One organizer is holding up the Penticton Indian Band’s hosting of the 38th annual BC Elders Gathering, which ends today, as an example for all others to follow.
“Penticton is wonderful, the co-operation of the PIB (Penticton Indian Band) regional district (Okanagan-Similkameen) and the city shows just what can be accomplished,” said Brad Boyes, a director of the Gathering Society and event chairman.
“I think now it’s time for all of us to get in one canoe and paddle in one direction for the benefit of the future.
“Some people talk the talk and don’t really mean it but with your mayor (Garry Litke) here in Penticton and (PIB Chief) Jonathan Kruger and (chairman) Mark (Pendergraft) of the regional district they walk the walk. Success takes partnerships and really that’s what it boils down to.”
The gathering got underway at the South Okanagan Events Centre Monday morning with traditional drumming and songs welcoming the many weathered and smiling faces to their seats.
The event draws together elders from across B.C. — and this year, across Canada and Washington state — giving them a chance to share ideas amongst themselves, and make contact with their peers from other communities.
It’s also a chance to socialize, have some fun and regenerate themselves for future work.
The opening prayer was delivered by Joey Pierre, who stood from his wheelchair with wife Caroline by his side, holding his arm.
The couple were the king and queen in 1997, the only other time Penticton hosted the gathering.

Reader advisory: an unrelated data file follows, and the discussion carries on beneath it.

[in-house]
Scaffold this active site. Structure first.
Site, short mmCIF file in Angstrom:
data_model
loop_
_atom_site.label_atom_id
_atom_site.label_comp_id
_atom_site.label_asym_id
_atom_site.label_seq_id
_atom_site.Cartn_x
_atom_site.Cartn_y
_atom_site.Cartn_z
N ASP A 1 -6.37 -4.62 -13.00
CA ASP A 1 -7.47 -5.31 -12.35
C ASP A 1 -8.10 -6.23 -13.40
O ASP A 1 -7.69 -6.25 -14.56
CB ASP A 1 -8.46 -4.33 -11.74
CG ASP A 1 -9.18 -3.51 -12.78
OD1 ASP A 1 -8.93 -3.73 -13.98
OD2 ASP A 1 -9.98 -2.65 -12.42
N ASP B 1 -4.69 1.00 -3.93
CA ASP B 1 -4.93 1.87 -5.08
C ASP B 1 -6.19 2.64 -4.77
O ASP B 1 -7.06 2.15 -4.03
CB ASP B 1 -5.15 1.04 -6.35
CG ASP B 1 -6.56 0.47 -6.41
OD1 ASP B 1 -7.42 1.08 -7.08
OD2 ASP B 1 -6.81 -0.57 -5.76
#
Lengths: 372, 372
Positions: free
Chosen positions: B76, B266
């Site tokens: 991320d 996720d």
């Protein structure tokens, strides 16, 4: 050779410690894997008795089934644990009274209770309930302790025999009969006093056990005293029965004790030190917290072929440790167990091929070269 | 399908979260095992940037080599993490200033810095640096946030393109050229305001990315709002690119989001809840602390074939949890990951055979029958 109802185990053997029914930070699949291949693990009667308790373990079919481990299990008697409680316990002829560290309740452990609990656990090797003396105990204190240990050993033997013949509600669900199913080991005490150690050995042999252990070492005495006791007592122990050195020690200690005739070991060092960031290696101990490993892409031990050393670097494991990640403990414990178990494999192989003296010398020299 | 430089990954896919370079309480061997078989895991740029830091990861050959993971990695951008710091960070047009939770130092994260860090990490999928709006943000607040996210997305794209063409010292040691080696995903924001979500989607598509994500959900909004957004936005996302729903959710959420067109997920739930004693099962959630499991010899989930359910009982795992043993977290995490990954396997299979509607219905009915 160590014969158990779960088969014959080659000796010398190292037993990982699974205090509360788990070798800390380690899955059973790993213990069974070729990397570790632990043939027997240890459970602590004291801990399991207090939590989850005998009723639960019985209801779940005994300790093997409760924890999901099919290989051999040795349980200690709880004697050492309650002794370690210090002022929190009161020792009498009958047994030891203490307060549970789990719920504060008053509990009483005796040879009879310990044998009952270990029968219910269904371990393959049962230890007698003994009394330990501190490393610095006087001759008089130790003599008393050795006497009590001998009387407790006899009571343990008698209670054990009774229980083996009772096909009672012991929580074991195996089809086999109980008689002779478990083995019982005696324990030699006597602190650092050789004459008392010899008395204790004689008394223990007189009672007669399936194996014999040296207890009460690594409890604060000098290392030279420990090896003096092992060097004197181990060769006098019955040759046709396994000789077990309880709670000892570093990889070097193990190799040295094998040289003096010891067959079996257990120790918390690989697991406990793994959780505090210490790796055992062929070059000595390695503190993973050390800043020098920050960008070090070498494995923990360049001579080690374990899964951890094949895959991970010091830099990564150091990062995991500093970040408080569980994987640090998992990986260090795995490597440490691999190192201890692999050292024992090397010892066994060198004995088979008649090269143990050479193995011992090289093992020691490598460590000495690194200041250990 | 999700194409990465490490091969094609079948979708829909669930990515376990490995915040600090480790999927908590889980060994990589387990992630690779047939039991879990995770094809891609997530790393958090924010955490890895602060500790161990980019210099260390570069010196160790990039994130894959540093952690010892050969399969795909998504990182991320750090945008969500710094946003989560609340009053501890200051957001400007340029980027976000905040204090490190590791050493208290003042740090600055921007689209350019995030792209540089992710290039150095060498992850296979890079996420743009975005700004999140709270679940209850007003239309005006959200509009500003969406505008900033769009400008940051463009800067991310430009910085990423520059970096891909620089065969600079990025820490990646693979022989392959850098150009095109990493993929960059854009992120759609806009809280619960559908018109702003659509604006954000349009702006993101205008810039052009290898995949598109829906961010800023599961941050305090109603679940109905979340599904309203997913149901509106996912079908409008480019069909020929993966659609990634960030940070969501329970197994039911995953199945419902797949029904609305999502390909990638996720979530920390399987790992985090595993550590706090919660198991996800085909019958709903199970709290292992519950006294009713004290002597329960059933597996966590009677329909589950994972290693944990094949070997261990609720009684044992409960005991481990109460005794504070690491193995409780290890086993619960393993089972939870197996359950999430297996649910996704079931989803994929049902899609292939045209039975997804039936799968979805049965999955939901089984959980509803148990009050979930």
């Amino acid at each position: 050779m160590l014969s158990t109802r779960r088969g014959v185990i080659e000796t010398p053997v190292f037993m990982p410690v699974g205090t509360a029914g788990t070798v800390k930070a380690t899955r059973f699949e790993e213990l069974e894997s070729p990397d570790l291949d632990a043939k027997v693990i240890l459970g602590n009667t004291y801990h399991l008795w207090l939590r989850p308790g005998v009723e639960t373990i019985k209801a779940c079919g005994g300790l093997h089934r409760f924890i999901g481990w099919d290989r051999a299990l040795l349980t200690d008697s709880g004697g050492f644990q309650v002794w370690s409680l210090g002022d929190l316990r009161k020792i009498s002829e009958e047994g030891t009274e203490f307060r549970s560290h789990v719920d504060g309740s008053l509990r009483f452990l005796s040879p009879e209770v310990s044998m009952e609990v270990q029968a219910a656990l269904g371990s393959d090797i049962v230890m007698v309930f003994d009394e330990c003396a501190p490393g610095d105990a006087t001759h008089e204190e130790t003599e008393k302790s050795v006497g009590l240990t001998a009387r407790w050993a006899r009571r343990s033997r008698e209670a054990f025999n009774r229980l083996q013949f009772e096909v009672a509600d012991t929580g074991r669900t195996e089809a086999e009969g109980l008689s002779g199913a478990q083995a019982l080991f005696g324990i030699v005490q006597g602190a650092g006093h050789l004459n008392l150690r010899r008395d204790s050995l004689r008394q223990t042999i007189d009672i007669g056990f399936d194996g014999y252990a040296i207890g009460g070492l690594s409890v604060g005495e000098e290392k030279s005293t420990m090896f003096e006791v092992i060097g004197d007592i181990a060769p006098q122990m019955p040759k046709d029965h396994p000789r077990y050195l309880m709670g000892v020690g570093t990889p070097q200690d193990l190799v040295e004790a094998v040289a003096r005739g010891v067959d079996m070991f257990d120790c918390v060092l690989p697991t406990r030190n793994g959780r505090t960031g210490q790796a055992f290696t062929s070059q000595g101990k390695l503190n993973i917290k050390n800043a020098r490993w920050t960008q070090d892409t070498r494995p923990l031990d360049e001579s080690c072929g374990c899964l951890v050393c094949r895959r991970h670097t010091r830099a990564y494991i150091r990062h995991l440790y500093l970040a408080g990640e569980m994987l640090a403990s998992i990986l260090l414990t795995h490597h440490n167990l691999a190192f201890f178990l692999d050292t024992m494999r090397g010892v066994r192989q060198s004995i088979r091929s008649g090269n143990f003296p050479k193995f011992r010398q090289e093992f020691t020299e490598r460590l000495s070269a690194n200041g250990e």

Following Arnie Baptiste’s high-energy rendition of the honour song and welcoming remarks by PIB Chief Jonathan Kruger was the grand entry of the participants, carrying banners identifying their bands and nation affiliation.
“It was an astounding demonstration. It was like the opening of the Olympics,” said Litke afterwards.
“They went around and around the SOEC for the better part of an hour amid cheers and drumming and singing and dancing, it was just a marvellous event.”
In the afternoon the venue changed to the Outma Sqilx’w Cultural School on the Penticton Indian Reserve for a band presentation, traditional feast and sponsorship events.
A traditional powwow took place in the evening at the SOEC.
On Tuesday there were several addresses by dignitaries and several workshops, healing and performers and a social and dance that night.
Wednesday activities focused on the closing ceremonies. Former Penticton chief and now Grand Chief Stewart Phillip, who told the touching story of his rebirth into his own culture on the opening day, believes the elders are the future of First Nations.
“They are the ones who have that magic that keeps the communities together and provides that wisdom and moral guidance. Quite often now you will find elders and young people together which bodes quite well for our people,” he said.
Chief Kruger told the crowd how “happy and blessed” the band is to host the Gathering.
“There is a very powerful genuine and excellent feeling from this,” he said. “The spirit is amazing.”
Boyes summed up the importance of the Gathering this way: “The elders are constant, their constant is the future of their people, the future of all people and all children.”